Sure, there are beneficial bugs for your garden, but there are plenty of bugs you want to be rid of. Pesticides are dangerous – especially if you have children or pets – and aren’t always one-hundred percent effective. They’re also a bit on the expensive side, and need to be reapplied on a consistent basis to keep the pests away. Plants, on the other hand, are renewable, not dangerous to your loved ones, and can be just as effective as pesticides without the nasty, environmentally harmful side effects. Here are six plants that are great for pest control, and the little buggers they will be effective against.
The workhorse of pest-control plants
A number of varieties of mint are effective against different pests – spearmint, lemon mint, and peppermint can all repel bugs and mammals you want to stay away from your garden. Lemon mint is probably the best bet – it will ward off mosquitoes, with no grinding necessary. Ants and mice can also be driven off by mint oils, applied around the house. Best of all, it makes a great additive to teas.
It’s hard to imagine that a plant that is so ornamental and so attractive to the nose of humans can also be so effective at driving bugs away from your home and garden. Fleas, moths, and mosquitoes all dislike this flower greatly, while humans enjoy their scent. They can also be used in essential oils for cleaning and cooking.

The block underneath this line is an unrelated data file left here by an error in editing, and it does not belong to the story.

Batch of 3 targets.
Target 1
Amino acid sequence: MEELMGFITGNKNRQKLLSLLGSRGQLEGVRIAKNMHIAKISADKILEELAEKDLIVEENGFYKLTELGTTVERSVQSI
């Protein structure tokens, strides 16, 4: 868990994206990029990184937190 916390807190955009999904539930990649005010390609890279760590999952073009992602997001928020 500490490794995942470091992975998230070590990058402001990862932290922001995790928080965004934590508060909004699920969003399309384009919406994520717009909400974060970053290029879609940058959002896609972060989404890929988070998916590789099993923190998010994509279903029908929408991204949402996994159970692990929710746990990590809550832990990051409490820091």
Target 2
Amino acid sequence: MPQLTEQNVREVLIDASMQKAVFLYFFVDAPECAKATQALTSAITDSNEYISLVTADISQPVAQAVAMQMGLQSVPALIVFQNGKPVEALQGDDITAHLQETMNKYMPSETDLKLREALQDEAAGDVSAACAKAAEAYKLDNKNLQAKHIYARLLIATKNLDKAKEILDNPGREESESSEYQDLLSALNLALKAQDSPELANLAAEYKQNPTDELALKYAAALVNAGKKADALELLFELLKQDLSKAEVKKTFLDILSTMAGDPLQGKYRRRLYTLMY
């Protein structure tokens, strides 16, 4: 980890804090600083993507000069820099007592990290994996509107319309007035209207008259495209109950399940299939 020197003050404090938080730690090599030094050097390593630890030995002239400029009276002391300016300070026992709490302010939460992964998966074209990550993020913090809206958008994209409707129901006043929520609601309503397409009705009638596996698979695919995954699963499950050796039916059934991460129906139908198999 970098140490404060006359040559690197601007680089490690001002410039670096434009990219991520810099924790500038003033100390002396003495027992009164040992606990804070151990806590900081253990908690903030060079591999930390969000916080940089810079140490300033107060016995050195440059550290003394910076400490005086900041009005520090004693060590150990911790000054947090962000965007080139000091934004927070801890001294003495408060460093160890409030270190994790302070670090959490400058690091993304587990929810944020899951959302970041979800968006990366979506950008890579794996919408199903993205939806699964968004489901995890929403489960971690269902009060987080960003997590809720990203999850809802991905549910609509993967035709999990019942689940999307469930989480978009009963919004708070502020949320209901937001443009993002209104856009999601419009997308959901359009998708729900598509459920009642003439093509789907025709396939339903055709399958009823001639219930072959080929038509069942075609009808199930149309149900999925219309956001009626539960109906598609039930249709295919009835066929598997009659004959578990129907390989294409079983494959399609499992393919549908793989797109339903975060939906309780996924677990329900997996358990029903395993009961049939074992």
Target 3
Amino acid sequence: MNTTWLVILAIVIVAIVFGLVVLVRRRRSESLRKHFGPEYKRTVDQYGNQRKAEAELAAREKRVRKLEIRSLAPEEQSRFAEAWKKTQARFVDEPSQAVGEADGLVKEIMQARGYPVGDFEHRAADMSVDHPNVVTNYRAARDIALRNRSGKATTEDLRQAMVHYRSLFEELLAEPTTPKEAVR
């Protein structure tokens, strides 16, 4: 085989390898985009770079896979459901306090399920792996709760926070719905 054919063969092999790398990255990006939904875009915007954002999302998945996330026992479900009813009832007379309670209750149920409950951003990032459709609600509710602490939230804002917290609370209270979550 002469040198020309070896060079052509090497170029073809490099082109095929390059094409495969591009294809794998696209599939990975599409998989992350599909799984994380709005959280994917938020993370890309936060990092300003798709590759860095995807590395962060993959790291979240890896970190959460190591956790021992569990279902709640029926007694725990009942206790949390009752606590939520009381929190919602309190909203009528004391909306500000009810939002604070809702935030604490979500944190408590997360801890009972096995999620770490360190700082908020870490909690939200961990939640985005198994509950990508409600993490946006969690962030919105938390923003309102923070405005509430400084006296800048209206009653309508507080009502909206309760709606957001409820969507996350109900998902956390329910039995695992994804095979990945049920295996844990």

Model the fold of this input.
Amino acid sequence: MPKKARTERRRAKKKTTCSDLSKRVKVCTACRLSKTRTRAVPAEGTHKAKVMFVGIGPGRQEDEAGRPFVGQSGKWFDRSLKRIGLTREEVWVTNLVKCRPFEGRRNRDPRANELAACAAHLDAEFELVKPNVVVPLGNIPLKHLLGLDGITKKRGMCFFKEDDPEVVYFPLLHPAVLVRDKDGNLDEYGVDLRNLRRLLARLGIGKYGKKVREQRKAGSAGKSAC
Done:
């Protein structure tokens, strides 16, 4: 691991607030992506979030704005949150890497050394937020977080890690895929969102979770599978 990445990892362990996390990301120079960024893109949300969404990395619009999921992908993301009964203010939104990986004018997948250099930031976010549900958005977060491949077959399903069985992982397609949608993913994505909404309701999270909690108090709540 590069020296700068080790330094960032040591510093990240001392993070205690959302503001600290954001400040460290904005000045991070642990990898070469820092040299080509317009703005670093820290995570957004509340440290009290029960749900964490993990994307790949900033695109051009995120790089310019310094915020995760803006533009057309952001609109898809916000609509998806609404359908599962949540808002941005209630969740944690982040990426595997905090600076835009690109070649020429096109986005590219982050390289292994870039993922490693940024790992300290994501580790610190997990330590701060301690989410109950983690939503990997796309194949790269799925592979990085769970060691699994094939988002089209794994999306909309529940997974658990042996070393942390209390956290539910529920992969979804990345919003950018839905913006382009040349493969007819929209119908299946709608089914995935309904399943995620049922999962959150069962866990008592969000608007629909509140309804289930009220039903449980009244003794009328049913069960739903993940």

A highly aromatic, shrubby plant, southernwood’s uses have been noted for centuries. The french call is garde robe, as having sprigs of it within a wardrobe will repel moths. It can be used elsewhere to repel other pest and bugs, such as flies and mosquitoes. On top of its insect-repellent properties, it is also an ingredient in vinegars and potpourri.
We know of the many benefits this herb has for humans when consumed – along with its great taste. While it might not be the best thing to chow down on before a date, the good news is that the object of your affection might not be the only thing deterred by the plant. Aphids, Japanese beetles, plum curculios and mites are all put off by garlic, so if you love your Italian cooking as much as your garden, this would be a great choice to plant.
These pretty flowers go beyond simply repelling insects, they can be outright deadly – the earliest pesticides were made of crushed, dried mums. Chemicals in mums attack the nervous systems of insects, and they can inhibit female mosquitoes to keep them from biting. In whole flower form, these act simply as repellent, keeping away a vast number of species from roaches, to Japanese beetles, to ants. They are a true all-purpose garden repellent, as well as being an attractive decorative flower.